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Communities

Focus #11

Sat 12 October 201912.10.19
19H00—21H00
5 rue des Ecoles
75005 Paris
Fee
unique : 5€
UGC / MK2 and CIP cards accepted

Programmed and presented by Nicole Fernández Ferrer (Centre audiovisuel Simone de Beauvoir)

Three films made in the 1970s and 80s by four feminist directors address issues of sexuality, single mothers, un-chosen motherhood, women’s communities, and the struggle for LGBTIQ rights. The titles of the films are unequivocal and are signed by groups such as Videa, by activists such as Claude Jourde or committed artists such as Vivian Ostrovsky.

Les enfants du gouvernement
Claude Jourde

France
1974
16 mm on digital
39'

Manifestation contre la répression de l'homosexualité
Groupe Vidéa

France
1977
Digitized video
22'

Allers Venues
Vivian Ostrovsky

France
1984
16 mm
12'20

A woman without a man is like a fish without a bicycle. *

As part of the theme Women Filmmakers, Feminists, Queers, we will explore a decade rich in feminist and lesbian videos and films with three precious films from the archives of the Centre audiovisuel Simone de Beauvoir, archives that are unique in every sense of the word.

Three films made in the 70’s and 80’s by four feminist directors are shaking up the issues of sexuality, communities of life between women, struggles for LGBTQ rights. The titles of the films are unequivocal and are signed by groups like Videa, by activists like Claude Jourde or committed artists like Vivian Ostrovsky.

In 1974, the feminist activist Claude Jourde, after having alerted feminists and in particular Delphine Seyrig, left with a 16 mm camera to film young women known as “mother-daughters” who were fighting for their rights and against their isolation. Claude Jourde signs with a very clear title Les Enfants du gouvernement (Children of the Government) denouncing the French government’s stranglehold on the maternity, children and sexuality of these young women.

These single mothers, who have not chosen motherhood, are expelled from their schools and relegated to maternity homes, cut off from their schooling, their friends, and their families. The State says it is “protecting” them and encourages them to give their future child up for adoption to the State while making them feel guilty. They are treated as irresponsible. They are not given any information about sexuality, childbirth, and even less about abortion. The institution prepares them to be good wives and housewives above all, not to make demands and to remain in their place as submissive women. Gone are the mathematics and French courses, replaced by courses in sewing, cleaning, cooking, housekeeping and baby hygiene.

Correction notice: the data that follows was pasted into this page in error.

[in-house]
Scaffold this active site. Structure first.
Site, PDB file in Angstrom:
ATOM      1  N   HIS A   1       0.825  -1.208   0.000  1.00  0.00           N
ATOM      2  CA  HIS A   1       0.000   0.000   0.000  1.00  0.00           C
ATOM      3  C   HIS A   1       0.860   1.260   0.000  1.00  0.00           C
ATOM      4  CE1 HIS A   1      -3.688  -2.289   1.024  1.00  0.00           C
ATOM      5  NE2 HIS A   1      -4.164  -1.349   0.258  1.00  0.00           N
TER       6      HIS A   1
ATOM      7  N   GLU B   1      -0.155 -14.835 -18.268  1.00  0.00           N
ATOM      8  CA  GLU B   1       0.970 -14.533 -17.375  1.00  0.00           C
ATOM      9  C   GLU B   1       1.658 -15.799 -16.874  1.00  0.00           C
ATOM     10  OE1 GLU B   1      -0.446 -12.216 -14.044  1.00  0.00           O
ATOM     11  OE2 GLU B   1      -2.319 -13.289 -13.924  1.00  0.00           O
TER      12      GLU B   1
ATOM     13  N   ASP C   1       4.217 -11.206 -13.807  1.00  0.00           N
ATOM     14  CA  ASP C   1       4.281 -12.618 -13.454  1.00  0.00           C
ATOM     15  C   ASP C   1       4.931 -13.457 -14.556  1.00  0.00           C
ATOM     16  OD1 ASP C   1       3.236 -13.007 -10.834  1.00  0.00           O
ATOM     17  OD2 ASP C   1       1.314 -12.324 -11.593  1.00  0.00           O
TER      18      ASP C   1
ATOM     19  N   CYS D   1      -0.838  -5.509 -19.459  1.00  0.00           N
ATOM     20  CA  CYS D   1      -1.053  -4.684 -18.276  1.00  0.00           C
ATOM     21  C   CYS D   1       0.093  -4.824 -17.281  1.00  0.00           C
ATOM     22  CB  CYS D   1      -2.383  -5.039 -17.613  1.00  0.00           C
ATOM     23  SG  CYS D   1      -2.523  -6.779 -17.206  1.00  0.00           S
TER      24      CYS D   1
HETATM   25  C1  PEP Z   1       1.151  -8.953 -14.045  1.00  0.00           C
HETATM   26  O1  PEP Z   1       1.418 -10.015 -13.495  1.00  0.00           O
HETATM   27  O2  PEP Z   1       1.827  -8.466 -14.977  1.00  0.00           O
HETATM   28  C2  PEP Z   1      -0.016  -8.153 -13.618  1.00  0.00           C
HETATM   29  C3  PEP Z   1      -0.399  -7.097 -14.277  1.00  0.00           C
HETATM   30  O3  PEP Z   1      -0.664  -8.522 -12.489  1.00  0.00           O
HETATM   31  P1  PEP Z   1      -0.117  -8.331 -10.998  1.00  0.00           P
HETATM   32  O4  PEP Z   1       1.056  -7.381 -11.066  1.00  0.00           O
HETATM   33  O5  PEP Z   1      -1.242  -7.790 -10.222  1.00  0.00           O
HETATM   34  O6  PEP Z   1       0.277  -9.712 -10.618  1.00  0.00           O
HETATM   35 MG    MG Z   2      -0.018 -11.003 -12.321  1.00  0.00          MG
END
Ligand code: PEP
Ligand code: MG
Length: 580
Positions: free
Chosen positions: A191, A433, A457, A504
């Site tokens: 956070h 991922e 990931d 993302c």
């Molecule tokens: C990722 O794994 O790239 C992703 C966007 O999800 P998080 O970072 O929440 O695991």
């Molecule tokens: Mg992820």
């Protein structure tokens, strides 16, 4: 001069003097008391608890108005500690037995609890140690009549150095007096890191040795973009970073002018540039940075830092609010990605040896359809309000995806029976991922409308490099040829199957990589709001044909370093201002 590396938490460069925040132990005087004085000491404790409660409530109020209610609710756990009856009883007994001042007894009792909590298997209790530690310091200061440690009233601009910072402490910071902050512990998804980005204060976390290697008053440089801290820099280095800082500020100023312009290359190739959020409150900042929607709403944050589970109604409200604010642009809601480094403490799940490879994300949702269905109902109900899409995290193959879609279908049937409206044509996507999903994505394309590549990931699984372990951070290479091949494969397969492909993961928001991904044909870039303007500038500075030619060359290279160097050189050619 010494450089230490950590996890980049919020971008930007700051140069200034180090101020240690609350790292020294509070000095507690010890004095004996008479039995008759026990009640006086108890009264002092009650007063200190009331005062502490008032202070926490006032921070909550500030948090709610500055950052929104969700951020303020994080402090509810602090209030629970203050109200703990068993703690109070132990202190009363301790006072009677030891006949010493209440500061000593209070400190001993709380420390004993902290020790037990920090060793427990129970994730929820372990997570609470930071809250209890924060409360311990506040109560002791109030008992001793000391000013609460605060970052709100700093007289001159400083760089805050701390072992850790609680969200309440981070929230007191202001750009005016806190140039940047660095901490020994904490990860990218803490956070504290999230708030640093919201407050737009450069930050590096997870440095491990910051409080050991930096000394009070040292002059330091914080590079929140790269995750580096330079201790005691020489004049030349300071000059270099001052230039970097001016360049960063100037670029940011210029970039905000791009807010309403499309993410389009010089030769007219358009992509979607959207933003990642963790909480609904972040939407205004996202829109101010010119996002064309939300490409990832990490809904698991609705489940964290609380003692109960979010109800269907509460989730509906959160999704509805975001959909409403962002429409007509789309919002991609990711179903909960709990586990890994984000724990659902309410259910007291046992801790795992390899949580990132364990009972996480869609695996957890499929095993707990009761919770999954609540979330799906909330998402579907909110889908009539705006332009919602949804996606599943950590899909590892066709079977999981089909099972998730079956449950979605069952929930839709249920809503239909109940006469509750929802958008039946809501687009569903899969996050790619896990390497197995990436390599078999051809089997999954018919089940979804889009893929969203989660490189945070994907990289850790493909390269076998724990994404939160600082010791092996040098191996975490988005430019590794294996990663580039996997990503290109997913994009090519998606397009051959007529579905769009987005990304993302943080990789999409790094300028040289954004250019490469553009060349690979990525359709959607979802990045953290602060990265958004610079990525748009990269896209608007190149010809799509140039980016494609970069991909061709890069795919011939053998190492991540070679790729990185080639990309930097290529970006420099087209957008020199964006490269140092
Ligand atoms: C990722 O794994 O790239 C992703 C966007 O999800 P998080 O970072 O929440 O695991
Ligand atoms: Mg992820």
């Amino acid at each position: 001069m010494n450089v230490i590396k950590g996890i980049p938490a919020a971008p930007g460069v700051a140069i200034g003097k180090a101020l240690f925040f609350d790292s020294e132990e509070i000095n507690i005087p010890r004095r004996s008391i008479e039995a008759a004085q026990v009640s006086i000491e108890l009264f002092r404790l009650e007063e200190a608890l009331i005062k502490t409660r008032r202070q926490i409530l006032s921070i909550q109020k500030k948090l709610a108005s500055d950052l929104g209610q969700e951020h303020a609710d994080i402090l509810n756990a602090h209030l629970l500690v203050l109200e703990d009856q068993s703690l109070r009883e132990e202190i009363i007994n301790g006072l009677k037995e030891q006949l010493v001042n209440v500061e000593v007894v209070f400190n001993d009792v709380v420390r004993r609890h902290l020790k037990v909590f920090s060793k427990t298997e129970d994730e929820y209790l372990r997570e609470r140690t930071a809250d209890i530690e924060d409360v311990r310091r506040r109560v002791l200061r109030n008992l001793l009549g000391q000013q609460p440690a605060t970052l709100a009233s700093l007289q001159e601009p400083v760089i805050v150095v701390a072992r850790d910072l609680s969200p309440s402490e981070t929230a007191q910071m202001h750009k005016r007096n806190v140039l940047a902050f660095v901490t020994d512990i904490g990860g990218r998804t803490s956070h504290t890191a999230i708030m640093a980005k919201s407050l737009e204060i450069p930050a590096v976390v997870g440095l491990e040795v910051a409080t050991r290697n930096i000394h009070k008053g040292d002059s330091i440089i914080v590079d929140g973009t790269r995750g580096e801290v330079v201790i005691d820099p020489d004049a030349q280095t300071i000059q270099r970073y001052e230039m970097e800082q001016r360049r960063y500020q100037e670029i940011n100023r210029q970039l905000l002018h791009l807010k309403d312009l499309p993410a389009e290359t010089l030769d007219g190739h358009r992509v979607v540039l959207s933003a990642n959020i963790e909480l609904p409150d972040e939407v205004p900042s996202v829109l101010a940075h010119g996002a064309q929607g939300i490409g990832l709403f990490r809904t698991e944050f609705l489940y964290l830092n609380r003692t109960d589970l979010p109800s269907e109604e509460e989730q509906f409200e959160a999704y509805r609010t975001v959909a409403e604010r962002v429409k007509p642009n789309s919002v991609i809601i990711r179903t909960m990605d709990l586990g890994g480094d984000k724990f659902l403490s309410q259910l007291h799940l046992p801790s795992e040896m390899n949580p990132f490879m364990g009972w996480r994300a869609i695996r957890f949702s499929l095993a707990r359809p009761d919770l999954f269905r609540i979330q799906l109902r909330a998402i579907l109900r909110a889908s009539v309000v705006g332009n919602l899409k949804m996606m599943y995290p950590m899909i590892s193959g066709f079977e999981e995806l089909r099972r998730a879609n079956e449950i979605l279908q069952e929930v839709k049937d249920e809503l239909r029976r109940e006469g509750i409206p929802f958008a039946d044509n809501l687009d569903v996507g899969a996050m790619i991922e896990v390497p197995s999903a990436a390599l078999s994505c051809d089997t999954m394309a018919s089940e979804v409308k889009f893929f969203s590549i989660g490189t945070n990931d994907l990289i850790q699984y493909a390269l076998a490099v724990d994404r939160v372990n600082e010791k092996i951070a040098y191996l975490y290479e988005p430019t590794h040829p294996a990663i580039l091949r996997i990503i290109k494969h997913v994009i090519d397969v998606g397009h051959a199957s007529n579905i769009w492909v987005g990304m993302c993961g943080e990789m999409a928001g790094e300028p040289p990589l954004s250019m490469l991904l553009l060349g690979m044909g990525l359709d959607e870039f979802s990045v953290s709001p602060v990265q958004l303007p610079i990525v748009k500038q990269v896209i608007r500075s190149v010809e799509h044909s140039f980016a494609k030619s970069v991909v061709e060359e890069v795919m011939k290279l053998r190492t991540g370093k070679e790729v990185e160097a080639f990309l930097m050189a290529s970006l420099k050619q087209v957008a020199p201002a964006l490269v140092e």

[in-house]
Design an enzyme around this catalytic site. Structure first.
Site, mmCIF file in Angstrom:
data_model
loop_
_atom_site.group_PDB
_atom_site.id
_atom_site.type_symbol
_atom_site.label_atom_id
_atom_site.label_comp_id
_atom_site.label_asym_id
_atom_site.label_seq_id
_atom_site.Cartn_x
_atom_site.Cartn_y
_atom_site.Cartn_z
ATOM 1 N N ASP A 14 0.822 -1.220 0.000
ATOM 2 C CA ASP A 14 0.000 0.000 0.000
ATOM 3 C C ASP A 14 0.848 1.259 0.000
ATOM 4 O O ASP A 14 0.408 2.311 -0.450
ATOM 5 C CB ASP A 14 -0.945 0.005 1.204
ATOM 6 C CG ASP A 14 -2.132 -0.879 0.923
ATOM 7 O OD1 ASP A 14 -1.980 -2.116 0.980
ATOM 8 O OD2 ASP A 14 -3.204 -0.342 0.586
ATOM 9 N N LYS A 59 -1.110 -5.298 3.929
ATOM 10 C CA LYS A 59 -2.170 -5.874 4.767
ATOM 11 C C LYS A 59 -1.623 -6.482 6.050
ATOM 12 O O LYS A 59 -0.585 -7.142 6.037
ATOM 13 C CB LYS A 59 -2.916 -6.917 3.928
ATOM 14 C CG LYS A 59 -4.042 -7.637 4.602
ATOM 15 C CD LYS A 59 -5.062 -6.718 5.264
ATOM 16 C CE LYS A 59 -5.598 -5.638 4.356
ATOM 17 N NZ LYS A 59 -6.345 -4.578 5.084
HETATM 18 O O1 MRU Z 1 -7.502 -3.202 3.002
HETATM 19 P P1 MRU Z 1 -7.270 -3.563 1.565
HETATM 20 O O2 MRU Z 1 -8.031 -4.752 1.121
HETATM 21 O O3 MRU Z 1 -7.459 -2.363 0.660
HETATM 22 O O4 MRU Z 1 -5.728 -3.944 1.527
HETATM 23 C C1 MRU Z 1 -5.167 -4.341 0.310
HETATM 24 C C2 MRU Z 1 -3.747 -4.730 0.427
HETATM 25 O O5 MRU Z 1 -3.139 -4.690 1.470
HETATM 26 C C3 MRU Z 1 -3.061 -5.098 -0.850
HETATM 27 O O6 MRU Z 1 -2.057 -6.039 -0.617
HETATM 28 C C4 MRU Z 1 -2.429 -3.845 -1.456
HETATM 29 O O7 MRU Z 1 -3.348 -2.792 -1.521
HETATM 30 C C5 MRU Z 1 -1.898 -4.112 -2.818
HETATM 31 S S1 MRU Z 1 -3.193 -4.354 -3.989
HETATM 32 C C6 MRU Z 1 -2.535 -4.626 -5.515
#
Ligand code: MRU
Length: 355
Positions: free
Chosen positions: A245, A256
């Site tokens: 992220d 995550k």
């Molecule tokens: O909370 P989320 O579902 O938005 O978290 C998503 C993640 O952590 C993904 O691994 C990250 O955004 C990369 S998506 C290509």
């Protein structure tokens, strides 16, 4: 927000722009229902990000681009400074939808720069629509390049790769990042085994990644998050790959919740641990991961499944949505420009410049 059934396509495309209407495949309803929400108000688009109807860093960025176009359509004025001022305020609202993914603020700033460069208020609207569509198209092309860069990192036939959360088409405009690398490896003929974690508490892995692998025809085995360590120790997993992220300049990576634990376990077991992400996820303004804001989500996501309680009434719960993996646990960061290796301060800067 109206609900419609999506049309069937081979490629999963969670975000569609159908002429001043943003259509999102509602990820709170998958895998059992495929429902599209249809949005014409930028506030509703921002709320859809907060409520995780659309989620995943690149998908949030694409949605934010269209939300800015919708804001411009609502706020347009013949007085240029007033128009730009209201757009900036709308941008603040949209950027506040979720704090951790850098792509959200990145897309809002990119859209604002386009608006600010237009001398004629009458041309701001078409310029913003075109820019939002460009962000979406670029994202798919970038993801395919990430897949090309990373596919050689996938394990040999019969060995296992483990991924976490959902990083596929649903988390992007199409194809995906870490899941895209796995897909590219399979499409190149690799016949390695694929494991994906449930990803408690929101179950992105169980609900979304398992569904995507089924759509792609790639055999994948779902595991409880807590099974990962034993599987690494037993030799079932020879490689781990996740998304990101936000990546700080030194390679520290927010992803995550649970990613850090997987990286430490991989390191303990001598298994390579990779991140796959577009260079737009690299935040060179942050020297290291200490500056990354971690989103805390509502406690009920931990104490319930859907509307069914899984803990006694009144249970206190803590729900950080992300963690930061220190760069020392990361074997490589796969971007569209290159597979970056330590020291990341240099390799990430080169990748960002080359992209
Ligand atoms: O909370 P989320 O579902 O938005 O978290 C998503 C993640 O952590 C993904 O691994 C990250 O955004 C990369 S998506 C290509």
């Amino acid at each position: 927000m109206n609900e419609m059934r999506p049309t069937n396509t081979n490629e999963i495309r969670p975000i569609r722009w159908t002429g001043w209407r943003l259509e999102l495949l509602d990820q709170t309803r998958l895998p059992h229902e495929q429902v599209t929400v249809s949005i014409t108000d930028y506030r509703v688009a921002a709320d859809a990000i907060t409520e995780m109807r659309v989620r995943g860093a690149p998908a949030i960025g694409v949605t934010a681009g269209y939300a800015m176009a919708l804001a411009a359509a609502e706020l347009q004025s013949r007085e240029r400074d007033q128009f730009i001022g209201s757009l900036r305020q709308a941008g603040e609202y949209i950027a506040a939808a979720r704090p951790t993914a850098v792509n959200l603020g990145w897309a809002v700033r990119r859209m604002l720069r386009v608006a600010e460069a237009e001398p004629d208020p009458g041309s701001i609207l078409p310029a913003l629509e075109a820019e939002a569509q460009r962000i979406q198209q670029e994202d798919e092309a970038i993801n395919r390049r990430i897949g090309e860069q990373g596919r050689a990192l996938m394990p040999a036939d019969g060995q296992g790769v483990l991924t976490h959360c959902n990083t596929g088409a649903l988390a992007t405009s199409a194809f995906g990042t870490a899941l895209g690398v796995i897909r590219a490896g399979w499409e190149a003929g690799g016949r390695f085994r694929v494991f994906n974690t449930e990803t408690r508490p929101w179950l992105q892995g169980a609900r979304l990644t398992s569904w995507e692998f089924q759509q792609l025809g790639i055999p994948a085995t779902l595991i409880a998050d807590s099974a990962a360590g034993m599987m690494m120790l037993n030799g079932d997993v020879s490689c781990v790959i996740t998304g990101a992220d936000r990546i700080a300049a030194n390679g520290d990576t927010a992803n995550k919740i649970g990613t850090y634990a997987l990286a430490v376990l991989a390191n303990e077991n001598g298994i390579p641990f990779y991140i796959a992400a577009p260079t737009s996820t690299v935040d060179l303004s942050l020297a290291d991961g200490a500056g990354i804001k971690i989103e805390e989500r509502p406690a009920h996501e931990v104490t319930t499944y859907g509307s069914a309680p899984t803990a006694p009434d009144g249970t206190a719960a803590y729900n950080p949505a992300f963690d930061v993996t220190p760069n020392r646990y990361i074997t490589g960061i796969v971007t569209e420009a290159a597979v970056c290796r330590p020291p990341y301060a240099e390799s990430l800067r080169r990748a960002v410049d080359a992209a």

In 1977, Videa’s activists decided to film a march organized mainly by lesbians against the anti-lesbian and anti-gay campaign (the terms lesbophobe and homophobe had not yet appeared) led by Anita Bryant in the United States. Videa will film the demonstration, all its slogans and banners very inventive, claiming against violence. They will practice the “radiotrottoir” to get the reactions and opinions of onlookers who see a large mass of lesbians and gays marching through the streets of Paris. A real mini sociological survey on the “French and homosexuality” which is a milestone. Some French people ask the videographers who film them if all this would not be a disorder of nature, nature which is regularly invoked to prove that this is definitely not in the order of things. The Videa group signs this video with a whimsical name: “Le lézard du péril mauve et Ortie 14”, the mark of a foolproof inventiveness.

In Allers Venues Vivian Ostrovsky produces a film exciting all our senses around a group of friends sharing time, places, loves, pleasure to be together and taste for nature. The jouissive device explodes in the bodies filmed in jerky images punctuated by euphoric music.

The struggles and creativity of feminists and lesbians in all spheres of society and the fight against the stigmatization of single mothers, against lesbophobia and for life shared between women find in these three films a collective and political expression. They report the militant practices born from the will to change the place assigned to women and lesbians in society: the crucial moments that are the struggles in the places of oppression, the street demonstrations and the times shared to affirm one’s identity and simply to live in all freedom.

The essential role of taking control of the technique to film, record and edit one’s own images and define one’s representation. These three titles come together to bring out a vision outside the viewpoint of hetero-patriarchy and machismo. It is the affirmation that one takes one’s place in the world in all equality.

Nicole Fernández Ferrer
(Simone de Beauvoir Audiovisual Center)

*

Slogan from the 1970s.

The Centre audiovisuel Simone de Beauvoir was created in 1982 by Carole Roussopoulos, Delphine Seyrig and Ioana Wieder. Feminist activists and involved in video practice, they set as their objectives the dissemination, conservation and enrichment of a collection of mainly audiovisual documents. These archives deal with the history of women, their struggles and their creations. Today, the Center also has as its vocation education in the image and the fight against gender stereotypes in the audiovisual media.